10 best rucksacks for backpackers

Pack up your troubles: 10 best rucksacks for backpackers

Off on an intrepid trip? Experts from student trip specialists Real Gap and Quest Overseas recommend luggage for travellers on the move
Secret politics of the weekly shop

The politics of the weekly shop

New app reveals political leanings of food companies
Beam me up, Scottie!

Beam me up, Scottie!

Celebrity Trekkies from Alex Salmond to Barack Obama
Beware Wet Paint: The ICA's latest ambitious exhibition

Beware Wet Paint

The ICA's latest ambitious exhibition
Pink Floyd have produced some of rock's greatest ever album covers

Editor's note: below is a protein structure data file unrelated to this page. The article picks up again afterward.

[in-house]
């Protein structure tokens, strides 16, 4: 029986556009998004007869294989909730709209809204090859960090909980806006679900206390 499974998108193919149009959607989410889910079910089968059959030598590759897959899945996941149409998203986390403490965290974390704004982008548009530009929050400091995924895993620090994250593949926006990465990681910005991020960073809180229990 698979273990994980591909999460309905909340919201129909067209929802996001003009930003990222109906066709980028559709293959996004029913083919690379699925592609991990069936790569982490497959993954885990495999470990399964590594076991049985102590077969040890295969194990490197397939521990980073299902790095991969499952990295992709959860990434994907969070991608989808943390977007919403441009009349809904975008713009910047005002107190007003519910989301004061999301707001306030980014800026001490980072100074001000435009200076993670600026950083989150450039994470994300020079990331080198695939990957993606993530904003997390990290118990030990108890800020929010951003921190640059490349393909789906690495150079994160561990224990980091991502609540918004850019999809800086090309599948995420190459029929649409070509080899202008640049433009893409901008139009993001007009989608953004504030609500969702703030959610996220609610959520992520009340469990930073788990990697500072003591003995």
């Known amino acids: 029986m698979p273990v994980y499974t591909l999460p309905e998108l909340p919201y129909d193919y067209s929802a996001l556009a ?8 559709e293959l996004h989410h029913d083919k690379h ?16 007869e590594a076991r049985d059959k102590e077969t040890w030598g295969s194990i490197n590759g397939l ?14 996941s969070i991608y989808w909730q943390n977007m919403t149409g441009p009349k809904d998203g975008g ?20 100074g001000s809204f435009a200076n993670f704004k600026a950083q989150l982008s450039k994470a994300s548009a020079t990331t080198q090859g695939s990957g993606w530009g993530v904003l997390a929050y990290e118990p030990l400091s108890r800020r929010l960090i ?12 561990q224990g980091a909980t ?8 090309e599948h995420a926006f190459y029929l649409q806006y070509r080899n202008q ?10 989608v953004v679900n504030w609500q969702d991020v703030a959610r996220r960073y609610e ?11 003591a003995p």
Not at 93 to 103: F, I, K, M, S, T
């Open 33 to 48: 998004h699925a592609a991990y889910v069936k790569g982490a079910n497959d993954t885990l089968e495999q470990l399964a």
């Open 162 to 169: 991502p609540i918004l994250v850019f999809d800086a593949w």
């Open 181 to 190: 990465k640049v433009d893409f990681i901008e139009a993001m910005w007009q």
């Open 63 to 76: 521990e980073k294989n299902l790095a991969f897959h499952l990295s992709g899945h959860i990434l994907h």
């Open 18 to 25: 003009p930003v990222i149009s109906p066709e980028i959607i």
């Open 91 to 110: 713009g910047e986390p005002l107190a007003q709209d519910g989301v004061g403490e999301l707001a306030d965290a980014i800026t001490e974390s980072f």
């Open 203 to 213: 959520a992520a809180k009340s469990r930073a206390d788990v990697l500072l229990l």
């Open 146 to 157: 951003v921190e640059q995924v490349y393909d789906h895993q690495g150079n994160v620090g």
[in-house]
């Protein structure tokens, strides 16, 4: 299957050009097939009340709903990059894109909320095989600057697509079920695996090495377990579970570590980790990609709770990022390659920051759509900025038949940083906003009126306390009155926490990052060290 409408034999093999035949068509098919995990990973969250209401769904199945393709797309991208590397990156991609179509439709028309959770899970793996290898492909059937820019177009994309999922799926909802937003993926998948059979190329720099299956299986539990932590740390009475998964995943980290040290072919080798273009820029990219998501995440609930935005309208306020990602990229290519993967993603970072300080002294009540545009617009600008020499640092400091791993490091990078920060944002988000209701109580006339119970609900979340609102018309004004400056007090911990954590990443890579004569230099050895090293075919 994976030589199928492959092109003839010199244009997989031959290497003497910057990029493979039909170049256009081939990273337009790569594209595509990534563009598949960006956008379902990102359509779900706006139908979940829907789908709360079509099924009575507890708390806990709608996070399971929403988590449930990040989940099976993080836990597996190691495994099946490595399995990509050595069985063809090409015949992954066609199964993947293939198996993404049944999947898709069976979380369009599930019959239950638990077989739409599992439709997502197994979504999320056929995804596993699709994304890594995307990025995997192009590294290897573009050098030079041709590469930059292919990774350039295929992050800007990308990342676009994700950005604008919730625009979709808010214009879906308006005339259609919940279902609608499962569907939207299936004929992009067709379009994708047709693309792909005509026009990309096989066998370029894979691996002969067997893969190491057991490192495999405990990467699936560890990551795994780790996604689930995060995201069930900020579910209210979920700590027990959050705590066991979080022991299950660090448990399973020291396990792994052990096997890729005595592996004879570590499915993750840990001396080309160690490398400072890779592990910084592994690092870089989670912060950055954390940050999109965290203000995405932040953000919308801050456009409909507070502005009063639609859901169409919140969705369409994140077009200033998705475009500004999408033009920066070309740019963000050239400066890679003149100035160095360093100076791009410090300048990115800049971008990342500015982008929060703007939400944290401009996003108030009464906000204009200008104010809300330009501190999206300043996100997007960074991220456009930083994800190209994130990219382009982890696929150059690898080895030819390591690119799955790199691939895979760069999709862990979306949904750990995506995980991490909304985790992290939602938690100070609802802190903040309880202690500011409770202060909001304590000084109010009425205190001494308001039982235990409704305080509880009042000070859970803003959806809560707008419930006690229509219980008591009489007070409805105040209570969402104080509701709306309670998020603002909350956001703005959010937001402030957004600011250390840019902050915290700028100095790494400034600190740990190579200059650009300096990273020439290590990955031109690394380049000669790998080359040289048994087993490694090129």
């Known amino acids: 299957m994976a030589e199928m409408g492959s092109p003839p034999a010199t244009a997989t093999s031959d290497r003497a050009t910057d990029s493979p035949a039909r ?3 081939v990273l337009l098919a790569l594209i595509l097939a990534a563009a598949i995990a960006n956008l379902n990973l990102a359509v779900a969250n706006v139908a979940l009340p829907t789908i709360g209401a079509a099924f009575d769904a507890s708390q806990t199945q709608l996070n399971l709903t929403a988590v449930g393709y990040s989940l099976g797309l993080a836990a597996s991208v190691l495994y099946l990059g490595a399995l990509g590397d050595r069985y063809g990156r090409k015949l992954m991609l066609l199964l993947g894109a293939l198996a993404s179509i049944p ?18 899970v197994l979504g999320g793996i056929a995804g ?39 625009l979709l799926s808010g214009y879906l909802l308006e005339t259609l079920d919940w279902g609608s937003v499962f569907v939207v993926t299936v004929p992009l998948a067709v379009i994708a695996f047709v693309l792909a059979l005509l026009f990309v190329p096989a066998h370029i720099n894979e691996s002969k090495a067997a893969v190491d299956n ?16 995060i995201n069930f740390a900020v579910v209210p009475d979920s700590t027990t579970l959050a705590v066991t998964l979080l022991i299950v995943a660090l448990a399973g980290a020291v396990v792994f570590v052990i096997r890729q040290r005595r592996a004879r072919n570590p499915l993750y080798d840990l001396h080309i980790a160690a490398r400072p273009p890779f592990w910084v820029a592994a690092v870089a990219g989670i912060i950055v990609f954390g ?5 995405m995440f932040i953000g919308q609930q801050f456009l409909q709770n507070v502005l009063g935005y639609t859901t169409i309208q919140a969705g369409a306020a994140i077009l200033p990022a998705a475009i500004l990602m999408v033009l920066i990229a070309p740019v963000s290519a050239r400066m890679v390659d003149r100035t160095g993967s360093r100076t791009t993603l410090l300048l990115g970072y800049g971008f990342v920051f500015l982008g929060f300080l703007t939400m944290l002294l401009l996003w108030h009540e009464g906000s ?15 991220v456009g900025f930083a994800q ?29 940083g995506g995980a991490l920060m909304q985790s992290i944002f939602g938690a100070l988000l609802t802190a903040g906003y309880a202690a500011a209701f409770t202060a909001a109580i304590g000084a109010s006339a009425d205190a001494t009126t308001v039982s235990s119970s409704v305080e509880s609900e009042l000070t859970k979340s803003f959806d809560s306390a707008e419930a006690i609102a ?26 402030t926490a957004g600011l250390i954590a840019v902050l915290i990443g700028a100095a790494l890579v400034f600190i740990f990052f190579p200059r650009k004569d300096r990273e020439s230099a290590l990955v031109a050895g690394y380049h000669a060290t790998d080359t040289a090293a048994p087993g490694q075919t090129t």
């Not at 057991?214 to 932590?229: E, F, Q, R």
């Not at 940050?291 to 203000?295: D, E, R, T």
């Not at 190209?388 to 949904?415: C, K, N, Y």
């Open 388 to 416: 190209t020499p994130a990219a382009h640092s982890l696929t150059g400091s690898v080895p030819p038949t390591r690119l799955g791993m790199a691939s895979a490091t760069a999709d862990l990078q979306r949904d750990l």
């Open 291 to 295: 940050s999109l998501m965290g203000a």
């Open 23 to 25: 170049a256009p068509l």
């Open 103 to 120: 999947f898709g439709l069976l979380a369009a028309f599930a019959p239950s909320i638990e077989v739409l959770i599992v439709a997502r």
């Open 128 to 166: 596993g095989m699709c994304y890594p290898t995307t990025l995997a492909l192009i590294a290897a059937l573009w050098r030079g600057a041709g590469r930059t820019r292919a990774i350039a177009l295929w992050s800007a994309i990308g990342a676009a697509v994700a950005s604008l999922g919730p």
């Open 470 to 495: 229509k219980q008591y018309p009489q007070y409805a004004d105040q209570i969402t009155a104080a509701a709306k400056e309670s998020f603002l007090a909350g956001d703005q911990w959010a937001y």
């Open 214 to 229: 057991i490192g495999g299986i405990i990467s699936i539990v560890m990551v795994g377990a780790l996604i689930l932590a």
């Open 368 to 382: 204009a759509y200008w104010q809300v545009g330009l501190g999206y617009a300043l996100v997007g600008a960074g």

Pink Floyd have produced some of rock's greatest ever album covers

Can 'The Endless River' carry on the tradition?
Sanctuary for the suicidal

Sanctuary for the suicidal

One mother's story of how London charity Maytree helped her son with his depression
A roller-coaster tale from the 'voice of a generation'

Not That Kind of Girl:

A roller-coaster tale from 'voice of a generation' Lena Dunham
London is not bedlam or a cradle of vice. In fact it, as much as anywhere, deserves independence

London is not bedlam or a cradle of vice

In fact it, as much as anywhere, deserves independence
Vivienne Westwood 'didn’t want' relationship with Malcolm McLaren

Vivienne Westwood 'didn’t want' relationship with McLaren

Designer 'felt pressured' into going out with Sex Pistols manager
Jourdan Dunn: Model mother

Model mother

Jordan Dunn became one of the best-paid models in the world